Step 5: Pour your cake batter into a thoroughly greased bundt tin.  You could add a little flour too for good measure.

Step 6: Bake in the centre of the preheated oven for 45 minutes at 190 degrees Celsius (fan).

Step 7: Allow to cool before attempting to coax it from the tin. Slice and smear with whipped cream. Eat enormous wedges with strong coffee!

 

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32. Moomins Love Berry and Cardamom Cake – Finland

I spotted the amazing Moomin Cookbook on my friend Jess’s shelf. Curious to discover what moomins eat I discovered this gorgeous recipe for lingdonberry and cardamom cake. It’s a traditional Finnish recipe, yet another country I am still yet to visit.
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Unfortunately the only place I have seen lingdonberries is Ikea and that was in jam form so I substituted to the extreme using a combination of blueberries and dried cranberries.

The most time consuming part was grinding the cardamom pods ( I lost count of how many I smashed to produce 2tsp of ground cardamom) and the cloves. I have a feeling I was a bit over enthusiastic with the addition of cloves but it added a wonderfully Christmassy aroma to the kitchen (and the final cake).

grinding cardamon and cloves

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After my pestle and mortar workout all that was left to do was mush up the berries, then beat all of the ingredients together in one bowl. Wonderfully quick and little mess too!

If I was in less of a hurry I would have used my stick blender to blitz the berries but as I was in a rush I just used the back of fork… Not the best way to mush up dried fruit. Perhaps I should have soaked the cranberries in juice beforehand.

The recipe called for a greased and dusted (with semolina) loose bottomed tart tin. I paid little attention to these directions and subsequently forgot to add a dusting of semolina to my tin. I also forgot to use the specified tin and ended up with making use of my favourite bundt tin (again!)

To compensate for the tin difference I baked the sponge for a slightly shorter period of time and when the skewer came out clean from the cake, I knew it was baked through.

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This was so much quicker and non of the hassle of lining tins with greaseproof paper. I recently indulged in a can of baking spray to grease my cake tins with (or ‘quick release spray’) as it was half price and it makes such a difference. Very quick and easy to use. Perfect for when I’m in a hurry, which is most days. No buttery fingers produced either!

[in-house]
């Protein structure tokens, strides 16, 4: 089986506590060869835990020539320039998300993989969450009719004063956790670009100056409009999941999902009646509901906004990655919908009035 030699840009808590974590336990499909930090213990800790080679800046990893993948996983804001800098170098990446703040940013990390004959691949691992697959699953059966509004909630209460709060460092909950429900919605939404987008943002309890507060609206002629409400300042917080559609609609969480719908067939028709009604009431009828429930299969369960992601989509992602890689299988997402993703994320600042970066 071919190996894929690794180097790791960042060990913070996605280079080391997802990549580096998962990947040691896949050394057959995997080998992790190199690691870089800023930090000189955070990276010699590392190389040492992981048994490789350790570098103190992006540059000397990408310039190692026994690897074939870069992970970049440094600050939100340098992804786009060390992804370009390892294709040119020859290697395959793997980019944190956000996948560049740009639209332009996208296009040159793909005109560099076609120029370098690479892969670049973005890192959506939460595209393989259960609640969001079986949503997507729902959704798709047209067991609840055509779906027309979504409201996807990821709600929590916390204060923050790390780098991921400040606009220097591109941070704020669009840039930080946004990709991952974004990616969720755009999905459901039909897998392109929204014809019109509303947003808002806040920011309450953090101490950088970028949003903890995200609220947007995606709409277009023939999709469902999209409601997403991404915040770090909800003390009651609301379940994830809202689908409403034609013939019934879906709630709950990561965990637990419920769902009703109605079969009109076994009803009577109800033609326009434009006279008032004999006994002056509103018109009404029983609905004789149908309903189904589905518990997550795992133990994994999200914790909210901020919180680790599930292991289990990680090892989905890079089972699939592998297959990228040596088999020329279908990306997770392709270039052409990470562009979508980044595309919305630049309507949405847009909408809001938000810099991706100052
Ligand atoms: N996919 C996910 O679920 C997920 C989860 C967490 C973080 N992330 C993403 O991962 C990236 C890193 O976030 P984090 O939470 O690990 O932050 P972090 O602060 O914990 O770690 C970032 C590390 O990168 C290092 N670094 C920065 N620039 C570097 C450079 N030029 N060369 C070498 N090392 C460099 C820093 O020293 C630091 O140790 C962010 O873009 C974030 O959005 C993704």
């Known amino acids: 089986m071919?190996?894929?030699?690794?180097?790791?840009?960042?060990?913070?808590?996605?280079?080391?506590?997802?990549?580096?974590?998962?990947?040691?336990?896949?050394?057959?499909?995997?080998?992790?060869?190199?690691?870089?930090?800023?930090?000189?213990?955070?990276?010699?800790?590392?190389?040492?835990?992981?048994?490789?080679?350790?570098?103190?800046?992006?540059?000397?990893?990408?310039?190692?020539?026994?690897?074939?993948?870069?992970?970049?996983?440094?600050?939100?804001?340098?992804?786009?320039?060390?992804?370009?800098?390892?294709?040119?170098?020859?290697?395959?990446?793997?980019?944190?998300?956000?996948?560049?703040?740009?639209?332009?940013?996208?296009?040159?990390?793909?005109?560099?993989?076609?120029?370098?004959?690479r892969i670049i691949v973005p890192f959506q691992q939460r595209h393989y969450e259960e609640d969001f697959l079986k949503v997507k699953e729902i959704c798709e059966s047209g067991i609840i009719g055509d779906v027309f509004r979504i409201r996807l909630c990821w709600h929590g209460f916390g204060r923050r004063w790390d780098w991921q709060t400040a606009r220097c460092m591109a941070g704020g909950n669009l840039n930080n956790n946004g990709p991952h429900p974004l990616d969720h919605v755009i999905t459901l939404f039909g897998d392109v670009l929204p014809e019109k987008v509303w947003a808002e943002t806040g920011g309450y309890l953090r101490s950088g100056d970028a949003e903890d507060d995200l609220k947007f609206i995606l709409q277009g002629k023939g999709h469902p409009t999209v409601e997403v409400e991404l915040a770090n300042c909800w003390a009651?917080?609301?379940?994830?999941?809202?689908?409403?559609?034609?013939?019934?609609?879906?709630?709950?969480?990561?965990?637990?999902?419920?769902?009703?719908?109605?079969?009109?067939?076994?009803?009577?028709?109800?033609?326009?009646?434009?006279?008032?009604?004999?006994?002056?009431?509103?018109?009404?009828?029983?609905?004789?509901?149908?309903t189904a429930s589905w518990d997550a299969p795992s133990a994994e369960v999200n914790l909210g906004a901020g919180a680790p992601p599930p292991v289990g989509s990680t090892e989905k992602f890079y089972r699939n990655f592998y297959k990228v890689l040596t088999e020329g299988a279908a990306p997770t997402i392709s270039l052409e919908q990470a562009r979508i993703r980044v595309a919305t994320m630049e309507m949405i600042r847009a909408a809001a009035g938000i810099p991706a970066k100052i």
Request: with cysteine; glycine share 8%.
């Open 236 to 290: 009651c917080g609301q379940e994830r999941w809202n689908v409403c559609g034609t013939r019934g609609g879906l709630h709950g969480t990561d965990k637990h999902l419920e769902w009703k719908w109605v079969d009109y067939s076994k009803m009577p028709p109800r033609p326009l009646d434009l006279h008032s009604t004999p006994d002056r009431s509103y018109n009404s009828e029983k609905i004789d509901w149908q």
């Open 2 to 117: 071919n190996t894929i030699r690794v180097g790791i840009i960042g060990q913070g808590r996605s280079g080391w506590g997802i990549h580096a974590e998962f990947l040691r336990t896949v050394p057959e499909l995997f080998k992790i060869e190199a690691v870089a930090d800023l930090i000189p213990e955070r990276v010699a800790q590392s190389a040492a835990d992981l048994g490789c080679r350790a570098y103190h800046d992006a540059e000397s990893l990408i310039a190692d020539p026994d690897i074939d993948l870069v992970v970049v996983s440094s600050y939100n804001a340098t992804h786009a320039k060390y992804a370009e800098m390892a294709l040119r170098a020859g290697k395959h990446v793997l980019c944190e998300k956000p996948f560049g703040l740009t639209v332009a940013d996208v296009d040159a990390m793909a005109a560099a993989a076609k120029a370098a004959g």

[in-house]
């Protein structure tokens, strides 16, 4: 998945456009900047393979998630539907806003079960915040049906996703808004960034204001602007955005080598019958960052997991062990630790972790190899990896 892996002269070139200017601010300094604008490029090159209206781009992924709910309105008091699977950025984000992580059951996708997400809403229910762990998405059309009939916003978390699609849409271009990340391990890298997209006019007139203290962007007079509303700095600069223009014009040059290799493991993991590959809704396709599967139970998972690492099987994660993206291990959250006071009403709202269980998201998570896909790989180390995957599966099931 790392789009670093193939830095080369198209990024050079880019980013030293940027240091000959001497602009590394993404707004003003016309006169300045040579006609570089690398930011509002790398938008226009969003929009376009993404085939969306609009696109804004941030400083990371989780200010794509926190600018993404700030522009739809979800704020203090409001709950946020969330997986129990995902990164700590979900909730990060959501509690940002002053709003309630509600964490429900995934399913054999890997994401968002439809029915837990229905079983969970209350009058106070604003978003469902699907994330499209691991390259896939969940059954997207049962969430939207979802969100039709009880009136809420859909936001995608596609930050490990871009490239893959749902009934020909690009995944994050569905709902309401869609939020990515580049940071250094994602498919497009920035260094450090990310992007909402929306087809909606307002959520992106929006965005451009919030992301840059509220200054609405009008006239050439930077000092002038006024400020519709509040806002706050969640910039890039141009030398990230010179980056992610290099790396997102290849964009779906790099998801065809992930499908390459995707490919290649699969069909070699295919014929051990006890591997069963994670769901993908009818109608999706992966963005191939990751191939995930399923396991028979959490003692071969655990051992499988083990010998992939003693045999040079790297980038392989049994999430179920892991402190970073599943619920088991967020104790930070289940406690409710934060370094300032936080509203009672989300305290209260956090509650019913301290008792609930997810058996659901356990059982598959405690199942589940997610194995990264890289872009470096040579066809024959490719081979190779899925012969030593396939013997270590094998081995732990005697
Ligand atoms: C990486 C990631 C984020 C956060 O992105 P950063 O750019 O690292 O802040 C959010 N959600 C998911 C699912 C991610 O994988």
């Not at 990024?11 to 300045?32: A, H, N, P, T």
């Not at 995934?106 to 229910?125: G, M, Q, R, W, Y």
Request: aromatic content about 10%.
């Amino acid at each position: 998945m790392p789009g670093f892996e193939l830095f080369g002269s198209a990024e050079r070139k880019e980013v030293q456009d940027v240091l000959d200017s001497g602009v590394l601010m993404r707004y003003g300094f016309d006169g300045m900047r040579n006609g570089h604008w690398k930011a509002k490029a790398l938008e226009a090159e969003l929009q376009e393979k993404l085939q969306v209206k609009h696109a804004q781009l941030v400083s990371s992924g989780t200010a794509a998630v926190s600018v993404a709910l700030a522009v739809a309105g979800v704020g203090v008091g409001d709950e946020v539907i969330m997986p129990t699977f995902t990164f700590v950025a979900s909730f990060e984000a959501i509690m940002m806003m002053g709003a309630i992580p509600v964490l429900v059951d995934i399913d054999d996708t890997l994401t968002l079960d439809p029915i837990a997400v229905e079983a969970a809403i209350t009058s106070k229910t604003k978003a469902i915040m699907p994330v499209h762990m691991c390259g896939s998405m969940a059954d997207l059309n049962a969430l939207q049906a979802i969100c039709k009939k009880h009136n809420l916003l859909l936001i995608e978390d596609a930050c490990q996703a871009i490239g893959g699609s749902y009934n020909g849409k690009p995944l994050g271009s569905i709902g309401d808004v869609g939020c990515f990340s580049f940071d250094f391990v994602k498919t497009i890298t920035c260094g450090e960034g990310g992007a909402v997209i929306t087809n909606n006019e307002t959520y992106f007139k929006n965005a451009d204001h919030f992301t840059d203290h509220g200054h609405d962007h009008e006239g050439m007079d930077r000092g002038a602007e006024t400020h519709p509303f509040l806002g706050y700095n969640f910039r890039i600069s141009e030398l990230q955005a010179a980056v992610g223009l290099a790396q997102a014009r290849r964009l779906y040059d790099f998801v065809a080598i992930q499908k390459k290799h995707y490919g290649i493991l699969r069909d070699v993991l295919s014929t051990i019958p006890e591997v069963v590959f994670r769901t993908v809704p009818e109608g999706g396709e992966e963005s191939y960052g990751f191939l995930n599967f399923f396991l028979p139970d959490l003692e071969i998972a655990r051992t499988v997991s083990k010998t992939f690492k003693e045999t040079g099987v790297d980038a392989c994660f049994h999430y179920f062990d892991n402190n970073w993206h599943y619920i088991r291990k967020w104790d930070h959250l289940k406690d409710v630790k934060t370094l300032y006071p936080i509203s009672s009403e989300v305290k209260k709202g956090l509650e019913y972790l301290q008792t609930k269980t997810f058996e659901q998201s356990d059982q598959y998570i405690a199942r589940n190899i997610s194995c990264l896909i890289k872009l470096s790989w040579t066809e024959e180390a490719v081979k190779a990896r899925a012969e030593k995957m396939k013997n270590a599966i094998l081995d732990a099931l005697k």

I was worried that the lack of semolina in my tin would mean the cake stuck but it simply slid out as soon as I turned tin over onto my cooling rack. Effortless baking. Just how I like it, which meant I could cook tea whilst whipping this cake up simultaneously. (I just can’t stop multitasking!)

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It’s  recommended that you leave the cake for a day to develop the favours. I successfully managed to resist cutting into it all night. However I was a little worried that the cloves might be a bit overpowering in this recipe, having never baked with cardamon before I wasn’t sure what to expect….

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I loved the combination of the spices, the cloves definitely come through first with a tingly punch, while the cardamon and ginger add gentle undertones of warmth. It went well with the terrible weather we’ve been having in England recently, rain, rain and more rain along with snow in some places! But equally now the sun is shining I could merrily munch on a slice of berry and cardamon cake with a cup of tea. Spicy and fruity and moist. What could be better? No wonder the Moomins love Lingdonberry and cardamom cake!

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Things I used to make Berry and Cardamon cake.

* 2tsp baking powder
* 250g brown sugar
* 250g plain flour
* 2tsp ground ginger
* 2tsp ground cloves
* 2tsp ground cardamom seeds
* 2tsp ground cinnamon
* 50g of blueberries (pureed/mushed) – if you can find lingdonberries just use 50 g of these as a puree)
* 10g dried cranberries (pureed/mushed)
* 200ml single cream
* 2eggs
* 90g melted butter

* One bundt tin
* One oven heated to  175 degrees c
* Bake for 1 hour or until cake is cooked all the way through
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* This recipe was lovingly adapted from The Moomins Cookbook